NEED TO KNOW
What is it? An open-world RPG with excellent combat and a unique companion system.
Expect to pay: $29.99/ £23.99
Reviewed on: Windows 10, 16GB RAM, GeForce GTX 780
Link: Official site
Dozens of feet up, my gauntlets digging into the mane of a livid griffin, I knew I'd made a huge mistake. The beast was grounded when I'd hopped atop his back in the hopes of introducing his eyes to my sword, but he'd shot up so high afterwards that I could have seen the main character's hometown if I'd dared to look (and if it popped in in time). One slip, one splat, and it'd be game over. Below, though, a mage's spell set my group's weapons aflame. My ranger companion let loose a mighty arrow, alighting the monster's wings and bringing us slamming back to earth.
I already knew how all this would end: I spent many sleepless nights with Dragon's Dogma's appealing mix of Western RPG stylings and Monster Hunter-inspired combat years ago when it first dropped for the Xbox 360. Graphics have advanced, scores of better and lesser RPGs have come and gone, but there on the stones of the Bluemoon Tower, I still relished the return of the same rush of victory that overcame me in 2012.
Now, at last, we have the PC port, which takes its guise from 2013's Dark Arisen, a retooled version of the initial release with a ridiculously tough endgame zone and numerous tweaks to various annoyances. It's a port, all right, which is to say that it's here and it does little to distinguish itself from its console forebears aside from nifty features like better textures and uncapped framerates. (A single crash over 50 hours aside, it ran beautifully.) Still, that's cause for celebration. Scarred with imperfections but entertaining to the end, Dragon's Dogma is easily one of the most memorable RPGs of the last decade.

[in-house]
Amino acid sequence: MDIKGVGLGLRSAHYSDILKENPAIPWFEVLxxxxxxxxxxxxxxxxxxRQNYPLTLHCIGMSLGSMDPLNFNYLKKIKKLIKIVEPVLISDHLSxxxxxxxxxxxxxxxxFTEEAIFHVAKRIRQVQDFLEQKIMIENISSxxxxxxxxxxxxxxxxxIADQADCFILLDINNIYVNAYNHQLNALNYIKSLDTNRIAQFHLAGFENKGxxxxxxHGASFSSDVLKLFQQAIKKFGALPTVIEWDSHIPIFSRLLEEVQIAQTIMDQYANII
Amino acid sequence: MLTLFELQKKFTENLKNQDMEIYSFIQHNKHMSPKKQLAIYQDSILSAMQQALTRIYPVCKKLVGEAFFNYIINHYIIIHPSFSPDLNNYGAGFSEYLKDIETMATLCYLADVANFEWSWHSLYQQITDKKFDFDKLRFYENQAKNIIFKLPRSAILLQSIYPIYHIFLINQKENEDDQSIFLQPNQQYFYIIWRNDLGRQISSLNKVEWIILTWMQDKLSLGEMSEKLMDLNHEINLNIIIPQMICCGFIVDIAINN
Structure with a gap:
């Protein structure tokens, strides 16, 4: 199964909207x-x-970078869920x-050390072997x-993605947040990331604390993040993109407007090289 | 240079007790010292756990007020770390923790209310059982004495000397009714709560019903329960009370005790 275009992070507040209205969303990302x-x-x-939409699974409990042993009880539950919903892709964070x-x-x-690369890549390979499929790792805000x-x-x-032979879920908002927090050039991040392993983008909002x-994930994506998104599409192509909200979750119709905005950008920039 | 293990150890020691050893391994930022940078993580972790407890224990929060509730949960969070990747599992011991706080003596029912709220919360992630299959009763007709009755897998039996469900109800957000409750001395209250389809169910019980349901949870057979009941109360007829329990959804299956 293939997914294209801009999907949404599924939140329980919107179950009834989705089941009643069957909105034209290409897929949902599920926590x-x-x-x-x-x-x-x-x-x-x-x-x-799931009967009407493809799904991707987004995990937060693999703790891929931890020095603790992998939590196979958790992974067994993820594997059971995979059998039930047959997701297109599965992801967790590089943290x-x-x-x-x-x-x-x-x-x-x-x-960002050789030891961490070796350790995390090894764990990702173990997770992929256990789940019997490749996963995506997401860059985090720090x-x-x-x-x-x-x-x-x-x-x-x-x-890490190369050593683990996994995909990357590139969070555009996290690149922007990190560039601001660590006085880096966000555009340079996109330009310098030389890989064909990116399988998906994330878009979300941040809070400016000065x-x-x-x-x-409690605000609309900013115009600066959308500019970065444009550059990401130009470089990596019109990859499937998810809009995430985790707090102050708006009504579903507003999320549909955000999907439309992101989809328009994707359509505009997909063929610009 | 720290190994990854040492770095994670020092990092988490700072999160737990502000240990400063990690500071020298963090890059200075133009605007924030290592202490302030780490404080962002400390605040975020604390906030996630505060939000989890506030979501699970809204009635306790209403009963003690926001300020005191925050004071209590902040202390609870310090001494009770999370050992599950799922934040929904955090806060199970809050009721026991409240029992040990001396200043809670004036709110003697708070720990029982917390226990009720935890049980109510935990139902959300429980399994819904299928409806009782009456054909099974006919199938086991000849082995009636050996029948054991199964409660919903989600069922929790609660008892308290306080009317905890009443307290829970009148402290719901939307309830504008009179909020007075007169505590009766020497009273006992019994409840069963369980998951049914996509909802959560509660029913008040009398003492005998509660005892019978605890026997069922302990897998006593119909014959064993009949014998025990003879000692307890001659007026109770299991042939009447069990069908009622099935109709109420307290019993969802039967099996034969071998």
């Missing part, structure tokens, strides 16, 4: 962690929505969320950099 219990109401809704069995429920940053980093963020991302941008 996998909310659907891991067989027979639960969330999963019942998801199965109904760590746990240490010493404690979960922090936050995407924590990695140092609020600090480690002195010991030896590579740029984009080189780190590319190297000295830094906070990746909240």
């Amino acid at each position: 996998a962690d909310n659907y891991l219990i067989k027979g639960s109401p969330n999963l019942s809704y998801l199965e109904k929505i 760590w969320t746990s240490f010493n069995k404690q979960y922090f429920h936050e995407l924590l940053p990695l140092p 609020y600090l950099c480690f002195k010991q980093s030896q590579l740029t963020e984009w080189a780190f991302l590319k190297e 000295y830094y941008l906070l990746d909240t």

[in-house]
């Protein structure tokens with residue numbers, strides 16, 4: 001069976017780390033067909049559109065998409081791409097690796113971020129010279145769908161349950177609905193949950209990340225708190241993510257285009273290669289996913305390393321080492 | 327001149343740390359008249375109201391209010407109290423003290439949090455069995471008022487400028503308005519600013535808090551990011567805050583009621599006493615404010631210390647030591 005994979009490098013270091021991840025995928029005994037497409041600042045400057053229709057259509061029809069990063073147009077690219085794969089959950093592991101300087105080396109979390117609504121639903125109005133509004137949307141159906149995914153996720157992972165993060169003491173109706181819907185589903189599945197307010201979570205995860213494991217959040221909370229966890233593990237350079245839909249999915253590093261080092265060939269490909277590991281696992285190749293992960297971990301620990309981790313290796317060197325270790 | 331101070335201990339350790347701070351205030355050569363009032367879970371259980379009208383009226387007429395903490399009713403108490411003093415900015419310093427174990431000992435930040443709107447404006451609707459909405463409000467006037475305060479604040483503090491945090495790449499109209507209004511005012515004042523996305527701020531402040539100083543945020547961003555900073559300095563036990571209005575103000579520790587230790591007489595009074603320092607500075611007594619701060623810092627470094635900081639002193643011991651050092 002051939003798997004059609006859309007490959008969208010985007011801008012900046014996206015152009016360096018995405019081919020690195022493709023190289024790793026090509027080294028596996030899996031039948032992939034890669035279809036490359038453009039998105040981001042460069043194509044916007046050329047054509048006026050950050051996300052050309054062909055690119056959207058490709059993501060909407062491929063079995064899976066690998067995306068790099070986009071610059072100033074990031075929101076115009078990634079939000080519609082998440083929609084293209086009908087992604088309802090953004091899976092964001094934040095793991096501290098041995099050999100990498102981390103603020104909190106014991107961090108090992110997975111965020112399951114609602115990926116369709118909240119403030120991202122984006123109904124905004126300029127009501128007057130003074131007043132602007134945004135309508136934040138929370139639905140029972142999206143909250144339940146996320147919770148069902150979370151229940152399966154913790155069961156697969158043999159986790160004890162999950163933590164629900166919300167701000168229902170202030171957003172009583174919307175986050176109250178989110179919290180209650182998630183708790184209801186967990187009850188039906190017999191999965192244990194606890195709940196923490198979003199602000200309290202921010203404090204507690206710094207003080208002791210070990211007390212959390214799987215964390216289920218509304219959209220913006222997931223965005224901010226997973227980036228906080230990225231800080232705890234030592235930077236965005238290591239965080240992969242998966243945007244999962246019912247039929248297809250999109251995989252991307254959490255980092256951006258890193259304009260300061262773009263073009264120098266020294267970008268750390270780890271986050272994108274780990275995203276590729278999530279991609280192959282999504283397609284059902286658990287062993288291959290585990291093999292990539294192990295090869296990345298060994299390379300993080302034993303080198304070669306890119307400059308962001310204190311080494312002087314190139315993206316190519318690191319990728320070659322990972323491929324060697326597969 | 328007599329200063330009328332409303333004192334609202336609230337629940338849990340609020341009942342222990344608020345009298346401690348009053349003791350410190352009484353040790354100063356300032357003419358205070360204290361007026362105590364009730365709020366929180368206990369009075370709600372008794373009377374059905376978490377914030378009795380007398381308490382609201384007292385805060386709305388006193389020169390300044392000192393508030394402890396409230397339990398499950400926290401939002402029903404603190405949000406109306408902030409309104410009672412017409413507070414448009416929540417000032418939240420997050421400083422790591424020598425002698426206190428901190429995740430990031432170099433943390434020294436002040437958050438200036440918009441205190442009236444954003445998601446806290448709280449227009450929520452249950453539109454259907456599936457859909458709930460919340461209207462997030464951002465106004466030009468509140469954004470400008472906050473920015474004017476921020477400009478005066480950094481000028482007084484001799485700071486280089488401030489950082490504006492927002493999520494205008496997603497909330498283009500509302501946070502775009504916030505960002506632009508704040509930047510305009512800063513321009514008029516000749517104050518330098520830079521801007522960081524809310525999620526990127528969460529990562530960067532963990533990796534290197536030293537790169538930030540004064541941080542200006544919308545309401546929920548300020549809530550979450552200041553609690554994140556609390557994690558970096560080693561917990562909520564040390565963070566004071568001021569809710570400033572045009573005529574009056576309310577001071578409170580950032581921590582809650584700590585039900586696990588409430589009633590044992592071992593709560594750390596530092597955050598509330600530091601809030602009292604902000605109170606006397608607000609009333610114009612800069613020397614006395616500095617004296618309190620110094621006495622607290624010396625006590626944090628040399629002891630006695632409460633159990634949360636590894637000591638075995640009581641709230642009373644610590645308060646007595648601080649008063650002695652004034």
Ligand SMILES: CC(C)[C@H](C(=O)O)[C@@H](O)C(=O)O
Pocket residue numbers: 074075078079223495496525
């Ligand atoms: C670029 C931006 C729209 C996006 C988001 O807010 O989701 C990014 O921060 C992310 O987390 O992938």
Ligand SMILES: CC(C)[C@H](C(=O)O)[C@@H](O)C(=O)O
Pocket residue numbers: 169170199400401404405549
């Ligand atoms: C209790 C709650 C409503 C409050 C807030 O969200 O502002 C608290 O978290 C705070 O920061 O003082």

It achieves this distinction almost in spite of its story. It's not bad, and it's capped on one end by a dragon who eats your heart as though he's sucking Nutella off his claw and on the other by a deliciously bizarre conclusion preceding the New Game that still makes for good discussions when less than sober. In between, though, it relies excessively to backtracking and indulges too many humdrum sidequests. It clings to predictable Western RPG conventions: in one corner there's the dastardly secret society, in another, the artifact-stuffed ruin.
It works, though, because it's all told with enthusiastic gravitas. For all the chimeras and dragons, Gransys is a land that tries to stick to the real, favoring utilitarian armor designs over flamboyance, and the interactions impart a dutiful ‘let's do this’ sense I admire. This extends even to the open-world landscape, which boasts coastal cliffs, mountains, and towering Norman architecture but never quite inspires the kind of visual rapture you get from, say, The Witcher 3. (Worse, it's prone to pop-ins and muddy details at long distances.) Saving the world is a job, dang it, and Dragon's Dogma makes you feel it.
Jobs can be fun, of course, and Dragon's Dogma delivers a challenging brand of action that's rousing regardless of whether it's played on the keyboard or with a gamepad. Greatswords crash with hefty weight, arrows fly with satisfying thwapps, and spells impale ogres with icy tendrils. So many RPGs could learn from how fun this is. The appeal isn't just the fighting (which could benefit from a lock-on); it's also the way it lets you scramble up the arms of cyclopes and slice off the tails of lizard men. Sick of one of the main three classes of Fighter, Strider, and Mage? You can easily switch out to another and level its skills or those of six hybrids. Some fare better than others; Warriors, for instance, perform pitifully in Dragon's Dogma's many ranged encounters.
Enter the pawns. Nothing sets Dragon's Dogma apart quite like them. They're mysterious beings with classes and skills that fill the blanks of what you need, thus allowing my Warrior to bring along, say, a bow-toting Ranger, a healing Mage, and a powerful Sorcerer—for a price. You get a main pawn that other players can summon, and you can summon up to two of theirs as well. There's a satisfying Pokémon-like appeal to trying them out (which you'll need to since they don't level with you), and having to let go of a well-geared, well-skilled pawn sometimes stings like the death of a fleshed-out character in another RPG. Alas, they're prone to spouting obvious, ceaseless chatter such as "These stairs serve as a useful route in their own right," but happily Dark Arisen lets you switch that off.
If that's what it takes, do it. It's rough in parts, and numerous other RPGs tell a better story or inspire greater awe. But Dragon's Dogma still feels enjoyably unique four years on and that's something few of its genre cousins can claim. And the best thing I can say? Even now, I'm already itching to get back in.